Let me catch my breath. Srsly. It’s been an incredible year so far. Some real pinch-me highlights, that I have to list just to make sure they actually happened…

  • Appearing on BBC Radio 1 with Huw Stephens, discussing my work with the gloves in an accessibility context. Discussing Accessible Music Tech. On Radio 1. We live in the future.
  • Appearing on BBC 1 prime time news, talking about, well y’know… Making sufficient impression that I get recognised in supermarkets for it, which is nice.
  • My first UK Headline tour! Overwhelmingly well received, a huge victory for amplifying the conversation around disability and music.
  • Performing on stage on said tour with Imogen Heap(!) performing one of my all-time favourite songs, Breath In (originally by Imogen’s band Frou Frou) with 2(!) pairs of gloves on the same stage! A tech first!
  • Representing my work with Drake Music and sharing my story at music education events such as musicALL in Birmingham and ISME in Scotland.
  • Performing at the 2015 Paralympic Day celebration in London, a performance that was briefly covered in Channel 4’s TV coverage of the event.
  • Being invited to present the gloves with the mi.mu team at Abbey Road; proper bucket list stuff.
  • Performing at Music Tech Fest 2016 in Berlin, showcasing my work with the gloves to possibly the most discerning and talented audience of technologists at the biggest celebration of new music technology.

Enough not-even-remotely-humblebragging? I know, right. So how did we get here?

In the summer of 2015 I was approached by Attitude Is Everything and Independent Venue Week with an incredibly ambitious idea: for IVW and AIE to present my first UK tour. Both organisations were keen to be showcasing a disabled artist, and highlighting the challenges that disabled performers face on the road. Less than 2 years before, I’d been thinking seriously about giving up live music. If I could have known then what was not too far in the future, well, you know.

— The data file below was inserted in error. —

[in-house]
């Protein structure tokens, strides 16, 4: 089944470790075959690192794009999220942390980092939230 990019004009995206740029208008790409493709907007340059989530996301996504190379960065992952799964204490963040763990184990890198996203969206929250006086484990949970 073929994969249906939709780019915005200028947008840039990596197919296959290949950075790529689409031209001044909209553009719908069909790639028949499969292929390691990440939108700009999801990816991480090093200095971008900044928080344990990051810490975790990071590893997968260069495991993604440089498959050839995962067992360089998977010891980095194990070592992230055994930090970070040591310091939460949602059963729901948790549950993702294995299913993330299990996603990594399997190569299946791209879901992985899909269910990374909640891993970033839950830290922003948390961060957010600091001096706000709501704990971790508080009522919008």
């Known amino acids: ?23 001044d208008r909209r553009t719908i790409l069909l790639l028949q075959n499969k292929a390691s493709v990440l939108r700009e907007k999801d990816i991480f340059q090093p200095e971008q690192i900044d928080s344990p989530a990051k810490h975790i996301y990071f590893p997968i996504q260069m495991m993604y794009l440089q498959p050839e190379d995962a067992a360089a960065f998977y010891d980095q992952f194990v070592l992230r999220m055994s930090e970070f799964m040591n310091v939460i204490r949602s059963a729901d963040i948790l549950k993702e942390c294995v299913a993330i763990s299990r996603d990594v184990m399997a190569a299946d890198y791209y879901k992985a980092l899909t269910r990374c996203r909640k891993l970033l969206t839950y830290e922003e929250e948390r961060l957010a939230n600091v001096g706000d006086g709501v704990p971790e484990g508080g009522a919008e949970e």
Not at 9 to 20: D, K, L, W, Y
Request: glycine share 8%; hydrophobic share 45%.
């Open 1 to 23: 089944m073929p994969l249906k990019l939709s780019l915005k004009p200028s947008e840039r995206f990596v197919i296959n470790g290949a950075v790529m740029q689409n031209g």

It’s scary to think back to how dark that time was. 2 years before all this, before the tour, before the gloves. I was performing my songs in a stripped back, acoustic-guitar-and-sometimes-piano format, playing regularly in my hometown region of the West Midlands. I was firmly in a state of denial about my access barriers then; despite all the difficulties getting in and around venues, I put up and shut up. That was until an access barrier threatened to shut me up for good.

Cerebral Palsy can be incredibly cruel in it’s less obvious symptoms. My wobbly gait is to be expected, but the pain, the muscle spasms, the half-my-body-just-won’t-do-as-it’s told… people don’t see that it. It’s all hidden from view, and easy to deny. I have Hemiplegic CP, which means my Right Hand side is impaired; my left increasingly catching up not due to the condition, but due to doing most of the work. My hands were working against me, and my musicianship was taking a thorough beating as a result.

I forced myself through many gigs, unwilling to acknowledge the pain and difficulty. I remember losing my bottle when it came to playing Ratted Me Out one night in Coventry. My hands were too tight; I wasn’t going to make that fiddlier middle 8. I’d played it hundreds of times before, why was it so hard now? I retreated formative music soon after, filled with fear and uncertainty.